A Letter from Israel. (Israel: Two E-Mail Communications)

Article excerpt

This e-mail letter, sent in February 2003 from Israel to American friends, is from Gary Rather, of Los Angeles, director of the American Jewish Congress U.S. Southwest region, whose president is Steven Teitelbaum. The letter was acquired by Midstream through the good offices of the Teitelbaum family and is reprinted here by permission of Gary Ratner.--EDITOR

Dear Friends,

It is Monday morning, and I have been in Israel since Friday afternoon. The minute I arrived at my hotel, I met Arnold Seid, and we proceeded to the old city to have Shabbat dinner with a doctor friend of his who made aliyah about eight years ago. Not being that religious, [I sensed, nevertheless, that I was part of] a wonderful experience with about 15 other people from around the world. The warmth and hospitality of our hosts were amazing, and talking with Jews from Brazil, Australia, Canada, Holland, and the U.S. made me feel closer than ever that we are one people.

After dinner, we discussed the week's Torah portion (something new for me). The hosts believe in the Rebbe and prophecy. It was very interesting and makes a secular person think about the wonderful heritage and values of our religion.

The next day, Arnold and I went to the Chabad shul in the Jewish quarter, and I was honored to have an aliyah to the Torah, the first since my son's bar mitzvah nine years ago. Even though I could not understand all that was going on, I felt at home and a spirituality I rarely feel.

Later that day, we met up with Mark and Sylvia Karlan and went to the Kotel despite the fierce rainstorm. There are very few tourists at the Wall (e.g., my plane to Israel was only half full and consisted of over 95 percent of Israelis coming home); it was sad to see so few people. No matter how many times I have been to the Kotel, it is still a spine-tingling experience to touch and pray there and leave your little prayer note in the crack of the Wall. I prayed for peace and an end to terrorism, and for the Jewish people to be done with the evils of war and antisemitism, in addition to personal wishes.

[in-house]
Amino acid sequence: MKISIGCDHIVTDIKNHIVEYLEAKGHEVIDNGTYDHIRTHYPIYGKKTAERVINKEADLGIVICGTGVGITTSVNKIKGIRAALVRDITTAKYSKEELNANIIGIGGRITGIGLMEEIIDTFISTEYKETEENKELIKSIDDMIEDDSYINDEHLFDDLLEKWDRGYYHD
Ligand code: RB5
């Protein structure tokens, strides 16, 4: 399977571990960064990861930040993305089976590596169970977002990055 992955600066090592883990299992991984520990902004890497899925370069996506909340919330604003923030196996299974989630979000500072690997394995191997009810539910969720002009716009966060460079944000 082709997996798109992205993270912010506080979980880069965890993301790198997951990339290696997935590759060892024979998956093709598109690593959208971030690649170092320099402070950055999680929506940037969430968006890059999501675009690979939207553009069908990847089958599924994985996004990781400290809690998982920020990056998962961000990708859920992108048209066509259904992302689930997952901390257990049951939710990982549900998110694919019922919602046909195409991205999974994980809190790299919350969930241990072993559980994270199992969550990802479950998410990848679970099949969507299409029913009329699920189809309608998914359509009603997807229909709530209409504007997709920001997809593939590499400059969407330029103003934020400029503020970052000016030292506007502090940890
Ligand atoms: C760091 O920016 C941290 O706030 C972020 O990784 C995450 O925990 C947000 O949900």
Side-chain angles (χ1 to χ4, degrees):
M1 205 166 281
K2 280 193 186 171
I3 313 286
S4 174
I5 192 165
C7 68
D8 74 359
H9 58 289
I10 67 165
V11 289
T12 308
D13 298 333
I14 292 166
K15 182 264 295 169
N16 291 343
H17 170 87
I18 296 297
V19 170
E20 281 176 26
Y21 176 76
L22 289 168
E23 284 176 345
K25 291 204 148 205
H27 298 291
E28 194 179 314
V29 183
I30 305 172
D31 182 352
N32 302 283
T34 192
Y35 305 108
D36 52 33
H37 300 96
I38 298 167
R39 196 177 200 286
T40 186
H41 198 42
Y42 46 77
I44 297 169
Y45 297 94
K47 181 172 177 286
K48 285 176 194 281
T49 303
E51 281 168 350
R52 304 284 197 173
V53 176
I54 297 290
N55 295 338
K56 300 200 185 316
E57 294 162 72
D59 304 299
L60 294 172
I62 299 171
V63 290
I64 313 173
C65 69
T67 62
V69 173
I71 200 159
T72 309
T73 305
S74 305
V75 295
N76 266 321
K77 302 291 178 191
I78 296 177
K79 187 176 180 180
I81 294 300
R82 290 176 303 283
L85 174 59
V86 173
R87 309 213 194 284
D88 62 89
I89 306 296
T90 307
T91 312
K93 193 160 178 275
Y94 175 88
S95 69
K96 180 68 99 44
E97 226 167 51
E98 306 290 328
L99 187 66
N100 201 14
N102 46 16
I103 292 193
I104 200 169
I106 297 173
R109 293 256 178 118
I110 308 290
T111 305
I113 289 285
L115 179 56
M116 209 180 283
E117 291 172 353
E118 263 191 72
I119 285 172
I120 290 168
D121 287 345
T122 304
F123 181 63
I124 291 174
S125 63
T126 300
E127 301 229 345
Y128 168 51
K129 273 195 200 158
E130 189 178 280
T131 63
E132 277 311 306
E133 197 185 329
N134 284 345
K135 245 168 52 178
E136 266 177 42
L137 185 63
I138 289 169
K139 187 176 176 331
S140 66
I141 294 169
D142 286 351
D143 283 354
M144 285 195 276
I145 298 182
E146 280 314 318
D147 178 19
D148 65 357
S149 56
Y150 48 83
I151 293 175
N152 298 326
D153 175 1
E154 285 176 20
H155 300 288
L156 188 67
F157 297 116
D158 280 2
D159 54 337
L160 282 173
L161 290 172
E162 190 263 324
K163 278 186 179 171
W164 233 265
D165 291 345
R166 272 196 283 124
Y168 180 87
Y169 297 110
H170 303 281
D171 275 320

Later that evening, I walked to Ben Yehuda Street in downtown Jerusalem. Yes, at night, and it was very safe. No problems, but again, it was heartbreaking to see so many shops closed up and so few people out and about on Saturday night. Still, there were a few young people there, and I ate a falafel and walked around until about one A.M.

The next day, I met up with Mark and Sylvia, and we went to plant a tree in the JNF forest near Bet Semesh and stopped at the Ilan Ramon memorial. As you know, when he was in space, he told the prime minister of his wish to plant 14 million trees--one for every Jew in the world. Well, we did our part, and there are now three more trees in Israel. The Ilan Ramon memorial plaque is just up a ways from the Challenger memorial, which I had never seen. Quite impressive, and as we went through the American forest, the ties between Israel and the U.S. were again so apparent--from the space program to all of the many American Jews who have parts of the forest named in their honor and have planted trees there.

In the late afternoon, the three of us went to Hadassah Hospital on Mount Scopus to visit with victims of terror and hand out baskets from "Stand With US" and the ITF, as well as T-shirts. As you enter the hospital, the first thing that hits you is how many Arabs go there for treatment. I think there were more Arabs than Jews. This is the kind of story that should be told--how wonderful and humane Israel is (and how advanced in medicine) to treat these people, in spite of the fact that the hospital is full of severely wounded people from suicide bombings perpetrated by Arabs. …